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i grew apples

September 14, 2009

zora naki

i grew apples

i’m pretty excited about the first apple harvest (of my whole entire life) – i picked three today off of my espalier apple – a braeburn, a golden delicious and a red delicious. two of them were consumed on the spot, hence the lonely apple in the photo above.

also – peppers!

i grew apples (and peppers too)

much better than last year’s failed crop. of course, without anything in the photo to give them scale, the pictures are deceiving – these are decidedly smaller than what you would get at the store. there were a few spiders lurking in the crevices. but i grew everything without sprays or chemicals or anything other than the fresh compost added to the soil back in the spring. i think the raised beds are helping with the pest containment. or maybe it’s the vigorous undergrowth of clover and dandelions around the plants…

relocating from our house to a rental during the reno saga has been seriously detrimental to my urban homesteading efforts. the freezer is unplugged, the canning jars are packed away in storage, and the garden went without water during one of the hotter summers I’ve experienced out here. in our absence, the blackberry canes invaded. it’s a jungle back there. the cauliflower and broccoli heads came in small and very quickly (overnight it seemed) and had already gone to seed by the time i fought my way to the backyard garden (past the old furnace, around the tarp covering the tool cabinet, through the knee-high dandelions).  the strawberries performed admirably in the early summer but have taken a real beating from the work done – stucco raining down, roofing tile dropped, building paper left in a pile in the middle of the bed (obviously these people are NOT gardeners).

i still can’t seem to keep a male kiwi vine alive. i may need to relocate them – i now have two suspicious deaths on my hands. my thumbs are turning black. i planted potatoes in random patches around the beds and now (of course) with the plants done, i have no idea where most of them are.

don’t mind me. i’m just moping. i’ve been thinking about the amount of garden work in the back yard that i need to do to catch up for next year – ACCKK!

being even partially self-sufficient is so MUCH WORK.

i love being out in my garden and puttering – a little bit here and there. but apparently, for me at least, proximity is key. i don’t know how all of those allotment gardeners do it.

anyhoo, enough of the pity party. i think i’m feeling discouraged because the reno is being held up (again) – we’re on hold for another few days before they can finish papering the building, so we can stucco/insulate/drywall. the gutter/flashing guy made a brief appearance and hasn’t been seen since. i can’t find a window sill that i like. the budget is having issues. everything is great, but i want it to be DONE.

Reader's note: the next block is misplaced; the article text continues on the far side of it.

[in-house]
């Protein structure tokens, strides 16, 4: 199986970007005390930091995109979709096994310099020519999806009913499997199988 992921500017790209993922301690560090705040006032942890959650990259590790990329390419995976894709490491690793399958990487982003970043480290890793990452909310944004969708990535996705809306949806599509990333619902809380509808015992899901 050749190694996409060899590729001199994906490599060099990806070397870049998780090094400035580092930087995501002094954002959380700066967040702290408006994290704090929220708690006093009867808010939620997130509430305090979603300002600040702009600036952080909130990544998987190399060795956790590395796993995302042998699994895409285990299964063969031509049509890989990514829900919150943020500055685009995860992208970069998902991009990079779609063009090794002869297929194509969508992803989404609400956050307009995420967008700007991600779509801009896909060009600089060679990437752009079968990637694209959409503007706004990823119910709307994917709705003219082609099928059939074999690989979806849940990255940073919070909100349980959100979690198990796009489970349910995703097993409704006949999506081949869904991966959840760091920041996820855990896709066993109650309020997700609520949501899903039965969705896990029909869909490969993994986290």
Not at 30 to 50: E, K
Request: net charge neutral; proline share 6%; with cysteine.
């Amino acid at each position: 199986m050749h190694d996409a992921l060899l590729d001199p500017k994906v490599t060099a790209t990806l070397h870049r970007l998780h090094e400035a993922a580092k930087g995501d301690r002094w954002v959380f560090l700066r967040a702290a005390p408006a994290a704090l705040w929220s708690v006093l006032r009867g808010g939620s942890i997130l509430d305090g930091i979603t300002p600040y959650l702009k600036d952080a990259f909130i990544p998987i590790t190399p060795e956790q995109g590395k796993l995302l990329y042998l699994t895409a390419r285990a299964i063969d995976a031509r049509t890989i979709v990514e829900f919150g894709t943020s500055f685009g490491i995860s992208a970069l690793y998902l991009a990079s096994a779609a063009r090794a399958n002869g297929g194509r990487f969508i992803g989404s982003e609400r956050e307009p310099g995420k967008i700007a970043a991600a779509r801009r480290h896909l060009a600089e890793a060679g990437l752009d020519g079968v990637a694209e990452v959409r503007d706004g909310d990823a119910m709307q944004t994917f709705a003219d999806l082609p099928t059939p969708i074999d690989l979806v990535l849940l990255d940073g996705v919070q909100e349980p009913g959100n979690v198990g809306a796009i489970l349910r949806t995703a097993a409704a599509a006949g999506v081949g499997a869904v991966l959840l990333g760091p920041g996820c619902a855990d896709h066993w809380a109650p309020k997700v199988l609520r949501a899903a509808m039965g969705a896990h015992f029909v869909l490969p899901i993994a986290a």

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  1. sweetcomice #
    September 19, 2009

    Well, WAAHOO! for apples right off the tree. What a commitment….planting, caring for, harvesting….the sense that this act involves years instead of a few short weeks (radishes) or three months of attention. We have two dwarf trees, a jonagold, we use for fresh eating and sauce, and something that was mislabeled, I love that, a spartan, which our local apple guy thinks is probably a gravenstein rogue. We bake pies and crisps with that. And give them away. I put in 5 jonagold dwarfs on an espalliar fence three years ago along the road in front of our house, they are now 6 feet tall, make a beautiful screen for this little funky yard, and as neighbors walk by going downtown to the post office I can tell them to grab an apple.

    On another note, I am feeling a bit blue myself. End of summer, facing the other side of that long term commitment to raising your own food, clean up. I love the messy look of the garden. Stuff like bean poles fall down, mold showing up, just how much can be stuffed into a compost bin?

    Just what is all of this commitment/work about? I haven’t followed your writing from the beginning so I don’t know if you have touched on this before…but I think for me the need to grow food and other plants brings me into the world of real Earth time. My world becomes slow and small. Details become important and extremely beautiful. Sort of like watching babies as they sleep night after night.
    thanks for inspiring me.

  2. September 20, 2009

    Lovely – thanks for the thoughtful comment. I like the idea of an apple fence – I wonder if it would grow under the shade of the maple tree on the boulevard?

  3. sweetcomice #
    September 21, 2009

    Well, apples do need a fair amount of sunlight. One reason is their suseptibility to aphids, leaf molds, two critters that love shade and coolness. And light also is what turn on the ripening process. That and a lower temperature as evenings become cool, the starches begin to change to outright sugar.

    Do you have some kind of home gardening extension, or masters gardeners program where you are? there is usually one person in those groups who is apple-crazy and knows the particulars of your region.

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